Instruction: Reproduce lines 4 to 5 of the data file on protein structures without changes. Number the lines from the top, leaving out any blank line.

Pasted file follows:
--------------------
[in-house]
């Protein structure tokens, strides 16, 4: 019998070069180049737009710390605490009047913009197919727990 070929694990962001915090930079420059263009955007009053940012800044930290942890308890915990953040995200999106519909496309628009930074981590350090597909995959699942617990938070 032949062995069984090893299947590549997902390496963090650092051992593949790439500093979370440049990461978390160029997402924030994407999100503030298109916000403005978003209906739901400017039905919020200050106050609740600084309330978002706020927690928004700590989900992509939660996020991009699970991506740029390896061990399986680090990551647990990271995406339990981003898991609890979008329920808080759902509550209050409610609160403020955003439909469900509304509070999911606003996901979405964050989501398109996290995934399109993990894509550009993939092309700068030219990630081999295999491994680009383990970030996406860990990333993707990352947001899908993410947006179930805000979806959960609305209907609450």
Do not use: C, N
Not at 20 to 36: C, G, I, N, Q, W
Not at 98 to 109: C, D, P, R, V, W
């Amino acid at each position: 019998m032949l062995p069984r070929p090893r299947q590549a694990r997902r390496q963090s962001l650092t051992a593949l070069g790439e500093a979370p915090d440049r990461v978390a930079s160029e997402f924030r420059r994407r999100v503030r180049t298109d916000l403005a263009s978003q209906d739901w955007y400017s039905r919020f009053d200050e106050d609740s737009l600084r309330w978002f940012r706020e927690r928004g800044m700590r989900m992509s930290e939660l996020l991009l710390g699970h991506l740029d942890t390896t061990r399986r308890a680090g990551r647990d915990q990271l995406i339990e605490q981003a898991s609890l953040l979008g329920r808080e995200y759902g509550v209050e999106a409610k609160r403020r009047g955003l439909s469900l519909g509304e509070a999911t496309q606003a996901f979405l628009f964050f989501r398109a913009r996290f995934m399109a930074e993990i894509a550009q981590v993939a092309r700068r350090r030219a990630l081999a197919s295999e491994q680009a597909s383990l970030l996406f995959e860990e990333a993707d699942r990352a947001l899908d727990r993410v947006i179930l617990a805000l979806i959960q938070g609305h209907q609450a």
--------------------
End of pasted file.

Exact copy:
Not at 20 to 36: C, G, I, N, Q, W
Not at 98 to 109: C, D, P, R, V, W